[Editors Note: The US Census Website is down, and cannot obtain data. Econintersect‘s graphic resource FRED (St. Louis Fed) also cannot update. Therefore no analysis can be performed – and we are simply parroting the headline release which came by email.]
New orders for manufactured goods in May, down following three consecutive monthly increases, decreased $2.6 billion or 0.5 percent to $497.7 billion, the U.S. Census Bureau reported today. This followed a 0.8 percent April increase. Excluding transportation, new orders decreased 0.1 percent. Shipments, up four consecutive months, increased $0.3 billion or 0.1 percent to $498.3 billion. This was at the highest level since the series was first published on a NAICS basis in 1992 and followed a 0.4 percent April increase.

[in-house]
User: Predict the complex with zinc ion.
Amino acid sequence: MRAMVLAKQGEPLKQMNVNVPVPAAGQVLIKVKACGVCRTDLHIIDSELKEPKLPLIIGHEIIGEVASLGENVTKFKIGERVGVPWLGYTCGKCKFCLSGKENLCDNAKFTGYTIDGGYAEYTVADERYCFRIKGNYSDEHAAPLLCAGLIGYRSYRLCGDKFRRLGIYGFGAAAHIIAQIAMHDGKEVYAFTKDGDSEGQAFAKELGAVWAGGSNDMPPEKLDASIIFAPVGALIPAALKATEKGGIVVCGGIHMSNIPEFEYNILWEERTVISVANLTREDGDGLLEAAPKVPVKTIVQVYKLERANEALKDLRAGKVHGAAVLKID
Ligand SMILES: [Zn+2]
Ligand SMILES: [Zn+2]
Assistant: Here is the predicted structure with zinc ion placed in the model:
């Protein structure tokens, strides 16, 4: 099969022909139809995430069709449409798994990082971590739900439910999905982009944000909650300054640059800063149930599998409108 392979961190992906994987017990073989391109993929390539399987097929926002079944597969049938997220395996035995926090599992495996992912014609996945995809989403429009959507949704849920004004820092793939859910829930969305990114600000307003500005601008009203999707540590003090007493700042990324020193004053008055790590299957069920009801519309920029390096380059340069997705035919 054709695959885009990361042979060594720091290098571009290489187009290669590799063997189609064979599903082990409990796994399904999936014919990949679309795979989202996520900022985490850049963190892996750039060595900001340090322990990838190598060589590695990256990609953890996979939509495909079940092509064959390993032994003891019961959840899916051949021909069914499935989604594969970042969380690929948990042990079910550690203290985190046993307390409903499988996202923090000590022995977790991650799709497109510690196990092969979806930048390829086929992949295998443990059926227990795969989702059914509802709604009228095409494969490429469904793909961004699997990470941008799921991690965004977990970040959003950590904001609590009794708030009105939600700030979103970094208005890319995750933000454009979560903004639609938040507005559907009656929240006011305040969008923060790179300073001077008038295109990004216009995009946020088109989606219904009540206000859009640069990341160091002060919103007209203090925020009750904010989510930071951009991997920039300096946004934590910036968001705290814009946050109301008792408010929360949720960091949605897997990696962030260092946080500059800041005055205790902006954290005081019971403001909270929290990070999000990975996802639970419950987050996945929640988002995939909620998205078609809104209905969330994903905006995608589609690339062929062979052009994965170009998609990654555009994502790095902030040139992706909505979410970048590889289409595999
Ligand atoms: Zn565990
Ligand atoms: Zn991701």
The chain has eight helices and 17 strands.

Unfilled orders, up thirteen of the last fourteen months, increased $6.7 billion or 0.6 percent to $1,087.4 billion. This was also at the highest level since the series was first published on a NAICS basis and followed a 0.9 percent April increase. The unfilled orders-to-shipments ratio was 6.51, up from 6.47 in April. Inventories, up eighteen of the last nineteen months, increased $5.0 billion or 0.8 percent to $651.5 billion. This was also at the highest level since the series was first published on a NAICS basis and followed a 0.5 percent April increase. The inventories-to-shipments ratio was 1.31, up from 1.30 in April.